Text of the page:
Thomas Currie from the University of Exeter gave insight into the team’s research: “Our findings help explain why humans make music. The results show that the most common features seen in music around the world relate to things that allow people to coordinate their actions, and suggest that the main function of music is to bring people together and bond social groups — it can be a kind of social glue.”

Music as social glue works for parents and young children, too, as one of the researchers discovered (and as those of us involved in Kindermusik already know): “My daughter and I were singing and drumming and dancing together for months before she even said her first words. Music is not a universal language… music lets us connect without language,” explained Pat Savage, a PhD student from the Tokyo University of the Arts.

Village baby with new logoWant to connect your family with others who share a love of music? Find a local Kindermusik class.

Music is a Laughing Matter

Children can easily find a reason to laugh—throwing a spoon on the floor, jumping into puddles, saying a made-up word, a dog eating popcorn. Hil-ar-ious!


You couldn’t help but laugh, right? Children literally bring more laughter into our lives by laughing 10x more each day than the average grown-up. (No wonder Peter Pan never wants to grow up!) All this laughter and silliness is actually teaching children what’s funny—and what isn’t. Support an older child’s growing sense of humor with these musical jokes. You might try the popcorn trick, too!

Musical Jokes to Put Kids on the Right Laugh Track

Why was the piano invented?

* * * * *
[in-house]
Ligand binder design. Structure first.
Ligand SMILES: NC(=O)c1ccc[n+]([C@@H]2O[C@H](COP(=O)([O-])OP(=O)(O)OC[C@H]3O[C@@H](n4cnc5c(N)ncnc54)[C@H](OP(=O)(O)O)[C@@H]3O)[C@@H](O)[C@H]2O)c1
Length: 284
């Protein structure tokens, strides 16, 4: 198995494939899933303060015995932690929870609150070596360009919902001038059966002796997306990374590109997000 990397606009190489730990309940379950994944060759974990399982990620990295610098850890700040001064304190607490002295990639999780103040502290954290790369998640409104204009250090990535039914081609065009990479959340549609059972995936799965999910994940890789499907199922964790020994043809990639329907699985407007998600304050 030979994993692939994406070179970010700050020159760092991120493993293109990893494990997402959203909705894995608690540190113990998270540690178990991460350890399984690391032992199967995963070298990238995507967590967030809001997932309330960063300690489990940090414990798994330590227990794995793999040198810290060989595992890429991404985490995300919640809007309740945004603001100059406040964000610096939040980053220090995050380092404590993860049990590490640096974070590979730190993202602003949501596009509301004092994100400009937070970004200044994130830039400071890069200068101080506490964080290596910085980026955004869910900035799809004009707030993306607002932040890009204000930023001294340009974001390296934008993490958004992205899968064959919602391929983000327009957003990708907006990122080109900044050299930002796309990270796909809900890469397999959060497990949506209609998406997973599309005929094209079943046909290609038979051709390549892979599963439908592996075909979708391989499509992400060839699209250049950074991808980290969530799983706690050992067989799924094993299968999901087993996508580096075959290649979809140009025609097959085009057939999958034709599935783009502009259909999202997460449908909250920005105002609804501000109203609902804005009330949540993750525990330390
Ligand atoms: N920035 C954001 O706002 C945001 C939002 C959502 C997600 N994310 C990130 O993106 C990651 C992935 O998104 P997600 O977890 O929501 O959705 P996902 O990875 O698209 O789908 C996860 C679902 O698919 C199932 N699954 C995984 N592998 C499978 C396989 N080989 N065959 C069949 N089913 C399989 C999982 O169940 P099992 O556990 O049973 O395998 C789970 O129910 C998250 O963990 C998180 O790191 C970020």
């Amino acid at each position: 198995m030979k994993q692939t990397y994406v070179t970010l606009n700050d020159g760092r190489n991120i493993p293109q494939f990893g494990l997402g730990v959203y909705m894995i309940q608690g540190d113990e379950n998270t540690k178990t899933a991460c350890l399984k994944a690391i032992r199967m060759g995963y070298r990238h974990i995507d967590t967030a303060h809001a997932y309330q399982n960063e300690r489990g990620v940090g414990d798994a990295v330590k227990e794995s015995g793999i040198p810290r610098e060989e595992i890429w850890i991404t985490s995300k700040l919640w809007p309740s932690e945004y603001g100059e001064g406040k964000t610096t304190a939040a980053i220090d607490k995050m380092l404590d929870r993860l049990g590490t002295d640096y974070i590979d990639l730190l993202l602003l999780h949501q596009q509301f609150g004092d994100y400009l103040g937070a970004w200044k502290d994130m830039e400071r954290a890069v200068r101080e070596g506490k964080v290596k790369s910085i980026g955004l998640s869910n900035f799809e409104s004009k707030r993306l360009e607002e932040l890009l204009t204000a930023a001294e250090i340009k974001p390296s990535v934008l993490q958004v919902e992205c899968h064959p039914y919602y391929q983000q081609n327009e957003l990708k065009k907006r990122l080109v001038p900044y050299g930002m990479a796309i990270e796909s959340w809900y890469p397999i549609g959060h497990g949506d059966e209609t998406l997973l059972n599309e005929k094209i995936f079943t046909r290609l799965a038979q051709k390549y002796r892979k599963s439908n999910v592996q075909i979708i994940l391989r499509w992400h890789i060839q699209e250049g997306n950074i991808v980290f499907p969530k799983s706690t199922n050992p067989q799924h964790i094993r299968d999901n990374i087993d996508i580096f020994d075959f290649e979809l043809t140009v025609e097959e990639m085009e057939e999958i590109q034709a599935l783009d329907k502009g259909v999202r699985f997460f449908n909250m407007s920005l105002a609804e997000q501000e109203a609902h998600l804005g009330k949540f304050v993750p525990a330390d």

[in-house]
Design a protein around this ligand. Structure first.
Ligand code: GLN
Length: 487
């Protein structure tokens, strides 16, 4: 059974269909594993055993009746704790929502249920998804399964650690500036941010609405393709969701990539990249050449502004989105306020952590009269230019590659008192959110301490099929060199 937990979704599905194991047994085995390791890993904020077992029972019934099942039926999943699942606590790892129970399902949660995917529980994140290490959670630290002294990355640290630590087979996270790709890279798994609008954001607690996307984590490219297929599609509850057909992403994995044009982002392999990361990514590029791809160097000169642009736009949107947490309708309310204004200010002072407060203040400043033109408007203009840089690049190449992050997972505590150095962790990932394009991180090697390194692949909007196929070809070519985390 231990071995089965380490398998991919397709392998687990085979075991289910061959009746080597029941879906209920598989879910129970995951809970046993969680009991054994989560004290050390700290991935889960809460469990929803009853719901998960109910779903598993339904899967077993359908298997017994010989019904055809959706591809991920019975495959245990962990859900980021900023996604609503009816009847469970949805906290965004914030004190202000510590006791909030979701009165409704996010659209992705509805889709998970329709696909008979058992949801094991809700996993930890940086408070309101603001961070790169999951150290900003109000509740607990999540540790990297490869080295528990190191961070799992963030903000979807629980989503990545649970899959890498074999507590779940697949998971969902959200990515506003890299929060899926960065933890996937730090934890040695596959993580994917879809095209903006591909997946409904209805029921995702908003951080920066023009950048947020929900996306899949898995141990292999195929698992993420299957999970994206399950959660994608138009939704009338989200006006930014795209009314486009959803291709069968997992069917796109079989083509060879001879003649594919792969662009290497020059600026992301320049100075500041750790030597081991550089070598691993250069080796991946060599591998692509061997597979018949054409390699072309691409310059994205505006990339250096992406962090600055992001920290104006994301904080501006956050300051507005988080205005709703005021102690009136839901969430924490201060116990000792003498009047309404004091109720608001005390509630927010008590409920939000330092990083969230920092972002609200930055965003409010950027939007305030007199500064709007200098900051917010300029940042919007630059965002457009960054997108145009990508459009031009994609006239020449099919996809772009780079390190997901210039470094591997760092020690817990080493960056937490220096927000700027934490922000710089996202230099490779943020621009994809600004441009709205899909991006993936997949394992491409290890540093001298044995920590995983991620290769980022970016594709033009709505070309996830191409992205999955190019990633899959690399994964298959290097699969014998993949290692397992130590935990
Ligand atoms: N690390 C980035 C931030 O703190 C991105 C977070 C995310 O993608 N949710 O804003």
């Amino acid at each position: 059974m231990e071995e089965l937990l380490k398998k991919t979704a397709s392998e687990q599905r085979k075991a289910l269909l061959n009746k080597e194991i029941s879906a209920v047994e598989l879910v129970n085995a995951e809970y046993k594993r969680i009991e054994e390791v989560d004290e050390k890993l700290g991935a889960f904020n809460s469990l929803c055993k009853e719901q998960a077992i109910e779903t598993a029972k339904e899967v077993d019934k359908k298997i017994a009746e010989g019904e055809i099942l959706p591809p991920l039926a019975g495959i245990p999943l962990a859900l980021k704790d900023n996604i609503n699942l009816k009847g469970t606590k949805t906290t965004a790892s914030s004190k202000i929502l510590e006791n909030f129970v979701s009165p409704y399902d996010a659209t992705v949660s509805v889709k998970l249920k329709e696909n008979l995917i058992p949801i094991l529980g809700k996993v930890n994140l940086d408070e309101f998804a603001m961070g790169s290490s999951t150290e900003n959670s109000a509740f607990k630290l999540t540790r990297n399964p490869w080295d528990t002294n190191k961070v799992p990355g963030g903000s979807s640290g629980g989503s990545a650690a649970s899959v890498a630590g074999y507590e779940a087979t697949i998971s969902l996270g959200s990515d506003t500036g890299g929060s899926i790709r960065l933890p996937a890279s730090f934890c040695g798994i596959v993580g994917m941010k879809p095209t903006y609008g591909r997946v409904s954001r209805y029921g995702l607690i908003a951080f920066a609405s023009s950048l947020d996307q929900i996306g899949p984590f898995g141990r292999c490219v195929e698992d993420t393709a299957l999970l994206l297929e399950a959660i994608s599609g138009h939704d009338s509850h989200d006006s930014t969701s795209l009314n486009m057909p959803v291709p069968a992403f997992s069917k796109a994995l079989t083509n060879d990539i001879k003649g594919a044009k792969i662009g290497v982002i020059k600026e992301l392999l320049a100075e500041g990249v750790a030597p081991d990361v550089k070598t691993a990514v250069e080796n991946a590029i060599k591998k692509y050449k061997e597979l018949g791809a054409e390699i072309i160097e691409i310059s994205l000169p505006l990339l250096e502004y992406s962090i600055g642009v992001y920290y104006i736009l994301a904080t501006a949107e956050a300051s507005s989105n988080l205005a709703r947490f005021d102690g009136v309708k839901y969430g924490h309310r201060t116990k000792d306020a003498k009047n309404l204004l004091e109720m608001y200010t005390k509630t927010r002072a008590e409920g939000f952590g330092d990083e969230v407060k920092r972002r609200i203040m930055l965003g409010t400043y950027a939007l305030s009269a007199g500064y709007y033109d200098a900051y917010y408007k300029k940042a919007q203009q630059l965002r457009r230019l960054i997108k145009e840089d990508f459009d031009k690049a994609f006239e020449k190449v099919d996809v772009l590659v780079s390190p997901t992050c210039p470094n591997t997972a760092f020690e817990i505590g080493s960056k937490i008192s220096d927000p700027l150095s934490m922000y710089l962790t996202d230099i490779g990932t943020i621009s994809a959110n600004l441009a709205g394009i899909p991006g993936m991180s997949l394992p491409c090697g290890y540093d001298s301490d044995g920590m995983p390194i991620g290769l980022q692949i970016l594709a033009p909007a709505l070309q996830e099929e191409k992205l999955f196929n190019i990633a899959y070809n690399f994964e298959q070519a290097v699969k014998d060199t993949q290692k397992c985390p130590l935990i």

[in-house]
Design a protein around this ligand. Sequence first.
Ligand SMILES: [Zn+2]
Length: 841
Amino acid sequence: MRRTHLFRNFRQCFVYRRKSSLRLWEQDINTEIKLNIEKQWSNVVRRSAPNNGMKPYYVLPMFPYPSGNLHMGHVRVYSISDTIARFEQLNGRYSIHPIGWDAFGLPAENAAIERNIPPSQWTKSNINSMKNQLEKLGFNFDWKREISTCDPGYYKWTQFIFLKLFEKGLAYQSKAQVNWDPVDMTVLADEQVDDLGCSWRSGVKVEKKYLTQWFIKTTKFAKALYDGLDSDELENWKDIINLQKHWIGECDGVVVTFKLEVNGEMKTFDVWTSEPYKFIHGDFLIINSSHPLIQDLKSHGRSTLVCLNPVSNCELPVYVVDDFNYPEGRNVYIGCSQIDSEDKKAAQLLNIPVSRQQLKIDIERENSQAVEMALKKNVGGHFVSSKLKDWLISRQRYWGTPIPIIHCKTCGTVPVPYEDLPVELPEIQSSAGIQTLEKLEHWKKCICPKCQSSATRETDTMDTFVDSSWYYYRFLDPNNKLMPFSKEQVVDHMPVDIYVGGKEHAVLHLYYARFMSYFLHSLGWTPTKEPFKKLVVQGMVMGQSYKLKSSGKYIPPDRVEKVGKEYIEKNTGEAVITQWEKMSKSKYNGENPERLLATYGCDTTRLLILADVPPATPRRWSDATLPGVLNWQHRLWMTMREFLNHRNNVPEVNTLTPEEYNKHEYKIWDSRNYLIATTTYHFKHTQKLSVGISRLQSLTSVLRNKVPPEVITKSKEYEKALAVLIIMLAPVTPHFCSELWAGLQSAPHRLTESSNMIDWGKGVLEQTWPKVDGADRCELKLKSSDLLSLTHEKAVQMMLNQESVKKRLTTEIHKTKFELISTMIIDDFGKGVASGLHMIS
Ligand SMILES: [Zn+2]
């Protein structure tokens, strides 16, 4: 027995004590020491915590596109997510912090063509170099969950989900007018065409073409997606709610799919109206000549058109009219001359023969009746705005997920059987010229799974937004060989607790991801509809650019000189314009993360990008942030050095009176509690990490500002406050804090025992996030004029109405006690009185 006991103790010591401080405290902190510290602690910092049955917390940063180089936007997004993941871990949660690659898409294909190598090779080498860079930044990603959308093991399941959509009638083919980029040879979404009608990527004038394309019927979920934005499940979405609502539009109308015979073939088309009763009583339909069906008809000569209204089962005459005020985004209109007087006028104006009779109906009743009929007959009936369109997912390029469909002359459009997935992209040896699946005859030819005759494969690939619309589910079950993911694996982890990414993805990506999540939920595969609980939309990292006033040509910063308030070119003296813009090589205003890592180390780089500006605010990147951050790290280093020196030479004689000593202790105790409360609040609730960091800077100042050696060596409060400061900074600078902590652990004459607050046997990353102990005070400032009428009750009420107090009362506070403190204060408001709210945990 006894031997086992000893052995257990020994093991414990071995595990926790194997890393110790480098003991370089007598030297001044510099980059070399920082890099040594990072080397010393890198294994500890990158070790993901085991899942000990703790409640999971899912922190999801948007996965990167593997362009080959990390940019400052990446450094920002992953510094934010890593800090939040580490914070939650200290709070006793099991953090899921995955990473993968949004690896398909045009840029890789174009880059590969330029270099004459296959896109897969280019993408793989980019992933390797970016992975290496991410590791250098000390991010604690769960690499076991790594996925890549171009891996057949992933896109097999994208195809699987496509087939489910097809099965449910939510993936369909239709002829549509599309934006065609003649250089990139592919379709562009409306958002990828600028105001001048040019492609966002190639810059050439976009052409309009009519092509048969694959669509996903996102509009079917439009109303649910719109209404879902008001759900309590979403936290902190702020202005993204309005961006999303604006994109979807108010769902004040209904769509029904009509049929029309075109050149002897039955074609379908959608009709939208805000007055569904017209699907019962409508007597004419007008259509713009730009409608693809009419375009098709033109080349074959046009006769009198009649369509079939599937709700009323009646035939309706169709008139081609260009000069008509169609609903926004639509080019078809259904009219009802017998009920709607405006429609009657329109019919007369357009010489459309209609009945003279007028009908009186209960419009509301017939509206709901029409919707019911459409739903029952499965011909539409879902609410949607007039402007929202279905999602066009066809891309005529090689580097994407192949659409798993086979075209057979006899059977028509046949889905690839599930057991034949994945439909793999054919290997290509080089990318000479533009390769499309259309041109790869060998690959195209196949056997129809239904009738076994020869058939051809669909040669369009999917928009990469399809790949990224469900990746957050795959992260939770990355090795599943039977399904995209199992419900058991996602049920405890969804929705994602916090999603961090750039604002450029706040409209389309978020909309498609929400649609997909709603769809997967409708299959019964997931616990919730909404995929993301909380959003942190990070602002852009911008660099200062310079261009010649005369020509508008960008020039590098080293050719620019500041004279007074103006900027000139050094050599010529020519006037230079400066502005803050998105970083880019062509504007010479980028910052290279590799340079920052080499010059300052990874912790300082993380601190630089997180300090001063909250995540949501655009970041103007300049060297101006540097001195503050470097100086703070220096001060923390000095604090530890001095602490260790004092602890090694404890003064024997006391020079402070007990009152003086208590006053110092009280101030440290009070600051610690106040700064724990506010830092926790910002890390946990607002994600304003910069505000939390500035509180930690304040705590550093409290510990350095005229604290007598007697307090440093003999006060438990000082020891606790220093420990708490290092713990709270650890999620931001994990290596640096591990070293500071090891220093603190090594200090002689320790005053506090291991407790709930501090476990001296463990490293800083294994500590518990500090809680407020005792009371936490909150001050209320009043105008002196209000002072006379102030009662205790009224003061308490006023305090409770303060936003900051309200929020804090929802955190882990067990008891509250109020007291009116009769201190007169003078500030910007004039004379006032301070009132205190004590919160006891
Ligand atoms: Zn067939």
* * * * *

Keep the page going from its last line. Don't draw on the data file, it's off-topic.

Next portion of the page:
So the pianist would have a place to put her coffee.

What do you call a cow that can play a musical instrument?
A moo-sician

Music Joke What type of music are balloons scared of?
Pop music!

What makes music on your head?
A headband!

What part of the chicken is musical?
The drumstick!

Knock knock!
Who’s there?
Little old lady?
Little old lady who?
Wow! I didn’t know you could yodel!

Why did the singer climb a ladder?
She wanted to reach the high notes!

Looking for more ways to evoke laughter from kids? Try these silly Kindermusik songs! 

3,600+ ways to build a healthy parent-child bond in a baby's first year

mom and baby engage in conversation3,600. That’s the approximate number of times a baby needs a diaper change in the first year alone. (Yowser! That’s a lot of diapers.) Of course, every diaper change satisfies the physical needs of a baby, but it also meets a baby’s developing social and emotional needs. Every time a baby cries and a parent responds to the need, it strengthens the vital parent-child connection. Building an attachment and a sense of trust not only lays a solid foundation of social and emotional development but also primes a baby’s brain for learning.

Strong healthy parent-child bonds as infants help children make friends

Researchers from the University of Illinois recently published a study in the journal of Developmental Psychology that showed young children with strong parent-child bonds tend to be more responsive and adaptable when meeting—and playing with—other children. They also tend to be more sympathetic to the needs and moods of other children.